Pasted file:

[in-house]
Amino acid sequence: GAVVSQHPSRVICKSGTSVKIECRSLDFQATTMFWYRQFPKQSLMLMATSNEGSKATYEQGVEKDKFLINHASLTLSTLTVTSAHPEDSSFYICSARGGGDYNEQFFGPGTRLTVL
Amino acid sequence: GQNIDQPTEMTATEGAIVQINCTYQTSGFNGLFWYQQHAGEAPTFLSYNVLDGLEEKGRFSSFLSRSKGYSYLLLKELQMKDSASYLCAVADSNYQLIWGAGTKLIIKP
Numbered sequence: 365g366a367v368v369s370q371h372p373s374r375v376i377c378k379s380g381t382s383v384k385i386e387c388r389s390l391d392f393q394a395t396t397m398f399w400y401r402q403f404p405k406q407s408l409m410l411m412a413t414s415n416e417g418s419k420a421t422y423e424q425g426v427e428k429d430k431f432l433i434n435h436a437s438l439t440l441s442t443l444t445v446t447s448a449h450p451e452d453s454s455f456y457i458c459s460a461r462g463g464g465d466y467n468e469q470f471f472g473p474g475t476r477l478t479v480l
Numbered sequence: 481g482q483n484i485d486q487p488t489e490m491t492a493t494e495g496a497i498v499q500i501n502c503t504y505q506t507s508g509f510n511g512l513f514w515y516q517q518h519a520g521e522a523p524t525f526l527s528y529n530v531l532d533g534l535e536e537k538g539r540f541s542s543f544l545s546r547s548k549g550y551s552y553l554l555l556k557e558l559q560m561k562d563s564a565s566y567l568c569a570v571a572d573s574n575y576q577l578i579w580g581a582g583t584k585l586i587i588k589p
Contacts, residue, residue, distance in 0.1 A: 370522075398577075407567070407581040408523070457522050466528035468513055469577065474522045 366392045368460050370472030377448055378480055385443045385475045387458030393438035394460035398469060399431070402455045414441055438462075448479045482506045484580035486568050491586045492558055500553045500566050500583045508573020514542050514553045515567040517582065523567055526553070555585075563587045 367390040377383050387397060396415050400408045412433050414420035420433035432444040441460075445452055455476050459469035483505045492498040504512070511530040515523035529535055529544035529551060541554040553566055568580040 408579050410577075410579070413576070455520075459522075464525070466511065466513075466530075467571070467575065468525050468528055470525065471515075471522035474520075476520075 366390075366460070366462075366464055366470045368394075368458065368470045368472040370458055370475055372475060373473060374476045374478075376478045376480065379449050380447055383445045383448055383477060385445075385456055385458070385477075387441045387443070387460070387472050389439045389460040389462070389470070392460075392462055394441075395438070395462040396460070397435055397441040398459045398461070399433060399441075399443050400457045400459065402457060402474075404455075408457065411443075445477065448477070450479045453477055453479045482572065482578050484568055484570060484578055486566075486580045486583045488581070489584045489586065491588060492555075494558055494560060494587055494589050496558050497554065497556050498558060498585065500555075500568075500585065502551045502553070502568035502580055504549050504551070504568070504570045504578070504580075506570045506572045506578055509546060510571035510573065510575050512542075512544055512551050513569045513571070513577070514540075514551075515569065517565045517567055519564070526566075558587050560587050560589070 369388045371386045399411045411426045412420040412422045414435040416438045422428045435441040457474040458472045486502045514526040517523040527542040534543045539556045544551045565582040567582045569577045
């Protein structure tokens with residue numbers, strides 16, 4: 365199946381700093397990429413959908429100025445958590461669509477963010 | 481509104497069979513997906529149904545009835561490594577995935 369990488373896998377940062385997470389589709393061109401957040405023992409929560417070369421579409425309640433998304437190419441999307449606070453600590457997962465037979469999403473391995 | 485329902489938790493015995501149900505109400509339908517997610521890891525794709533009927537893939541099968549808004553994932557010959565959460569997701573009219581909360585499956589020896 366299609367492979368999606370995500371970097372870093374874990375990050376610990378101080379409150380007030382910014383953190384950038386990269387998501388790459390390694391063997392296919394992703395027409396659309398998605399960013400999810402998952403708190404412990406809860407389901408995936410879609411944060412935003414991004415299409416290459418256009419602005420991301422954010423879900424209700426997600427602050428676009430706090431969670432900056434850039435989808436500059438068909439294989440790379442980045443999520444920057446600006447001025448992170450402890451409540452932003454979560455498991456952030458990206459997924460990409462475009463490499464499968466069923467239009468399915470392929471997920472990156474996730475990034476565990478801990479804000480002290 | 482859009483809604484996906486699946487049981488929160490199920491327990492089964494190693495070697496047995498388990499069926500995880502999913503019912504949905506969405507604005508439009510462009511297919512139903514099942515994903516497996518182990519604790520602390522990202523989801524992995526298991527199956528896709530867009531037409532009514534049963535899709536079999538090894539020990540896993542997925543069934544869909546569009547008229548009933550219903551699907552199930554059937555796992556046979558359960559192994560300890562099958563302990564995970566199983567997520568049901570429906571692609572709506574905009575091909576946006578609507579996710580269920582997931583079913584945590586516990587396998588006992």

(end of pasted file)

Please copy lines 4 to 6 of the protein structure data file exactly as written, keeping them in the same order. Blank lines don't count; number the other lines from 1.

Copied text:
Numbered sequence: 365g366a367v368v369s370q371h372p373s374r375v376i377c378k379s380g381t382s383v384k385i386e387c388r389s390l391d392f393q394a395t396t397m398f399w400y401r402q403f404p405k406q407s408l409m410l411m412a413t414s415n416e417g418s419k420a421t422y423e424q425g426v427e428k429d430k431f432l433i434n435h436a437s438l439t440l441s442t443l444t445v446t447s448a449h450p451e452d453s454s455f456y457i458c459s460a461r462g463g464g465d466y467n468e469q470f471f472g473p474g475t476r477l478t479v480l
Numbered sequence: 481g482q483n484i485d486q487p488t489e490m491t492a493t494e495g496a497i498v499q500i501n502c503t504y505q506t507s508g509f510n511g512l513f514w515y516q517q518h519a520g521e522a523p524t525f526l527s528y529n530v531l532d533g534l535e536e537k538g539r540f541s542s543f544l545s546r547s548k549g550y551s552y553l554l555l556k557e558l559q560m561k562d563s564a565s566y567l568c569a570v571a572d573s574n575y576q577l578i579w580g581a582g583t584k585l586i587i588k589p
Contacts, residue, residue, distance in 0.1 A: 370522075398577075407567070407581040408523070457522050466528035468513055469577065474522045 366392045368460050370472030377448055378480055385443045385475045387458030393438035394460035398469060399431070402455045414441055438462075448479045482506045484580035486568050491586045492558055500553045500566050500583045508573020514542050514553045515567040517582065523567055526553070555585075563587045 367390040377383050387397060396415050400408045412433050414420035420433035432444040441460075445452055455476050459469035483505045492498040504512070511530040515523035529535055529544035529551060541554040553566055568580040 408579050410577075410579070413576070455520075459522075464525070466511065466513075466530075467571070467575065468525050468528055470525065471515075471522035474520075476520075 366390075366460070366462075366464055366470045368394075368458065368470045368472040370458055370475055372475060373473060374476045374478075376478045376480065379449050380447055383445045383448055383477060385445075385456055385458070385477075387441045387443070387460070387472050389439045389460040389462070389470070392460075392462055394441075395438070395462040396460070397435055397441040398459045398461070399433060399441075399443050400457045400459065402457060402474075404455075408457065411443075445477065448477070450479045453477055453479045482572065482578050484568055484570060484578055486566075486580045486583045488581070489584045489586065491588060492555075494558055494560060494587055494589050496558050497554065497556050498558060498585065500555075500568075500585065502551045502553070502568035502580055504549050504551070504568070504570045504578070504580075506570045506572045506578055509546060510571035510573065510575050512542075512544055512551050513569045513571070513577070514540075514551075515569065517565045517567055519564070526566075558587050560587050560589070 369388045371386045399411045411426045412420040412422045414435040416438045422428045435441040457474040458472045486502045514526040517523040527542040534543045539556045544551045565582040567582045569577045